We were both being the straight man and I was going to break her. Our conversation continued.

“I’m so tired of making the same lizard every day,” she mumbled.

“Ma’am, how many lizards do you make a year?’ I asked.

She dropped her head and told me she had stopped counting.

“And you are required by the state to adhere to the strict fuzzy lizard guidelines?” I said.

She came out of her daze and looked at me wearily. It must be hard for her to discern between actual conversation and the incoherent mumbling of the very sick that had become a constant soundtrack for all of us. I think she just tunes it all out. I had her attention though.

“What guidelines?”

“There must be fuzzy lizard guidelines, otherwise you would have googled this shit by now and learned how to at least make another kind of reptile, or an insect, or heaven forbid, a motherfucking daisy! I’m very partial to tulips.”

I looked up at my fellow inmates for some head nods and high fives. Nothing. This was a tough crowd. Humor was my protection and it was useless here. The medically induced numb state of the majority of my new friends was not helping my attempt to fully enjoy the awesomeness of my fuzzy beaded lizard moment.

Note: The lizard pictured is not my lizard. I haven’t decided what to do with my keepsake. Do I really want this reminder on my key chain? Do I want to give it to one of my sons?? “Look what mommy made you in the loony bin!” It should also be noted that we had access to fuzzy beads. At the time, the fact that they were fuzzy seemed of immense importance. 

Advertisements

6 thoughts on “Zen and the Art of Lizard Making

  1. Totally can relate to your inpatient experience. I’ve lost count of how many I’ve had, possible about 12. A lot of them at different places and usually the organization of those places was so horrendous it just made my anxiety spike. At one of my last visits the med lady on three different occasions tried to give me the WRONG MEDICATION! Not purposely but if I was not coherent enough or not paying attention, who knows what might have mentally gone on having been given bobby sue’s meds. Crazy!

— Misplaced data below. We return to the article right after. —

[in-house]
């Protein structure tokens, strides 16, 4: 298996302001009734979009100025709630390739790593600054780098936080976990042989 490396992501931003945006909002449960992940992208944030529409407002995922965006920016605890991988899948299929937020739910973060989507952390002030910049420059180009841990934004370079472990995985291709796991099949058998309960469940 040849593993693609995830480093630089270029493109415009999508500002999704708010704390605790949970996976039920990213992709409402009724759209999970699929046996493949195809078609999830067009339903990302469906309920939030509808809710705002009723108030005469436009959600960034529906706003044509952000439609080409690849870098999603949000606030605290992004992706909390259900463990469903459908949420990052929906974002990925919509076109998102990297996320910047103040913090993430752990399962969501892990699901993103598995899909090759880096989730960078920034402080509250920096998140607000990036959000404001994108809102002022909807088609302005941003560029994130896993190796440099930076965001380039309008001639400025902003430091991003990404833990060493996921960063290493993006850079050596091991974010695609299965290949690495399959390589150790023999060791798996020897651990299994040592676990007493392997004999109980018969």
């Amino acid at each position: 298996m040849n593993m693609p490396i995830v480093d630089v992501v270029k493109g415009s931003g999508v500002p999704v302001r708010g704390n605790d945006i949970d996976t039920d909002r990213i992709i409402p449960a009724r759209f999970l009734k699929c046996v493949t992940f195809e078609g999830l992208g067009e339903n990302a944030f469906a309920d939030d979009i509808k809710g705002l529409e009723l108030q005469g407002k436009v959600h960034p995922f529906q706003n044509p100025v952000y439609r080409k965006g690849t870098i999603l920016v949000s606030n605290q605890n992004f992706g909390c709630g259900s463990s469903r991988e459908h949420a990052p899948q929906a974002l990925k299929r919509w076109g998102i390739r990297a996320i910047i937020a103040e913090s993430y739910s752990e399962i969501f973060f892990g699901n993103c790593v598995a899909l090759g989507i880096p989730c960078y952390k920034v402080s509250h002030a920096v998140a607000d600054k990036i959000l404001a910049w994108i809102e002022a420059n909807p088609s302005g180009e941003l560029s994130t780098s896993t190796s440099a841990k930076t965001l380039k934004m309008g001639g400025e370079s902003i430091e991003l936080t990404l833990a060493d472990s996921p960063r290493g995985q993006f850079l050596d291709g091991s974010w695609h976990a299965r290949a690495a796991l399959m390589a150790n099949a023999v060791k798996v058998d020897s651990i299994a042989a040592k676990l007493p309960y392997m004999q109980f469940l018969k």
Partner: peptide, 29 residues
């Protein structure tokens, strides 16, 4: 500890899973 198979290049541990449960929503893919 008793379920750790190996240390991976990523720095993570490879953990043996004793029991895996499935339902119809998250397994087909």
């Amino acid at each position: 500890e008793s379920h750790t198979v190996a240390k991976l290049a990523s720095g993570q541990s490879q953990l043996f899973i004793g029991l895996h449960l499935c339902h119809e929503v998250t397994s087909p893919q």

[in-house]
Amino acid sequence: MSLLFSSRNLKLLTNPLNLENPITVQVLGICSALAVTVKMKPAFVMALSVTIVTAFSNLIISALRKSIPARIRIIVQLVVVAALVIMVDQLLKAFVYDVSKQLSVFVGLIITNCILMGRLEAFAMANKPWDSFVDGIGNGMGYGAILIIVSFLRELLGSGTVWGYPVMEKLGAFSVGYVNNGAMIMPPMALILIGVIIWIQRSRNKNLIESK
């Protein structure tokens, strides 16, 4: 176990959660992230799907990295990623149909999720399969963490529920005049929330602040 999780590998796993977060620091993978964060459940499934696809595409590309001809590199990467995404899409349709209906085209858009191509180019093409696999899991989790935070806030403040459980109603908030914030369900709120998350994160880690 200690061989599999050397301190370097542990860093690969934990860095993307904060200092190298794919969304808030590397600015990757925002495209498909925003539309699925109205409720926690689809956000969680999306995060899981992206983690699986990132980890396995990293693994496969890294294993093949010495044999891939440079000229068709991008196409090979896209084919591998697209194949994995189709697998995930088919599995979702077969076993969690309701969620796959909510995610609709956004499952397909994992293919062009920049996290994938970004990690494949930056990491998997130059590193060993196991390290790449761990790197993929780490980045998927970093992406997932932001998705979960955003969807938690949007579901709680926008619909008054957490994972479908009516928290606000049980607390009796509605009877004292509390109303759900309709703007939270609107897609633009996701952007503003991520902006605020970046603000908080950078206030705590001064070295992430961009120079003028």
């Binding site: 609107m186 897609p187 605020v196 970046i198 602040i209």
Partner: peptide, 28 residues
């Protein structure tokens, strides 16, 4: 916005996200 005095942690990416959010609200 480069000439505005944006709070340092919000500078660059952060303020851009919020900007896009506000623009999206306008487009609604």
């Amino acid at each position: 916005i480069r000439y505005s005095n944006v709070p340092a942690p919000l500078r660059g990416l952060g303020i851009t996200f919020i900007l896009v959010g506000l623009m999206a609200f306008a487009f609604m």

Liked by 1 person

    • This was my first time. What really got to me is that there was no information. Not even a “you are here” map! I was in a scary situation and in a scary place and I had no clue what I was supposed to do. I was a pro by day 3 and made sure to give a little encouraging head nod to each of the dazed and confused new patients when they walked in. I did learn that there isn’t anything better than a bunch a crazy people who are on their meds. I take that back. There are a shit ton of things better, but it did feel comforting at the time. Thank you for the comment! It is my first one!

      Liked by 1 person

  2. Years ago while in college, I did the psyche ward dance. I came in via ambulance from out of state on a Friday night and got put in with the suicide watch group of head banging, streaking, screaming, seriously terrifying patients. I had to wait for a doctor to see me Saturday afternoon before I could get put in with the normal psyche patients. That night, I cried and cried from fear of the unknown. The nurses were very compassionate and let me know that it was a temporary safety precaution. I thought that because I cut, I must be suicidal. A nurse gave me an article on cutting and I have never been able to thank her for giving me hope that I wasn’t suicidal. Rambling comment, but I understand sympathize and wish you the best on your journey. I’m about ten years ahead of you, but have been in this current major depressive episode for what seems like forever. The anxiety attacks and panic attacks are exclamation points in the depression. I didn’t have those when I was in college. This is the progression of my mental illness due to some fun external stimuli. Humor is a wonderful coping mechanism. I’m all for sarcasm. Good for you for posting. I made a leather wallet and little wooden table during my stay at the ward. Take good care and know that there is support in blogland:)

    Liked by 1 person

Comments are closed.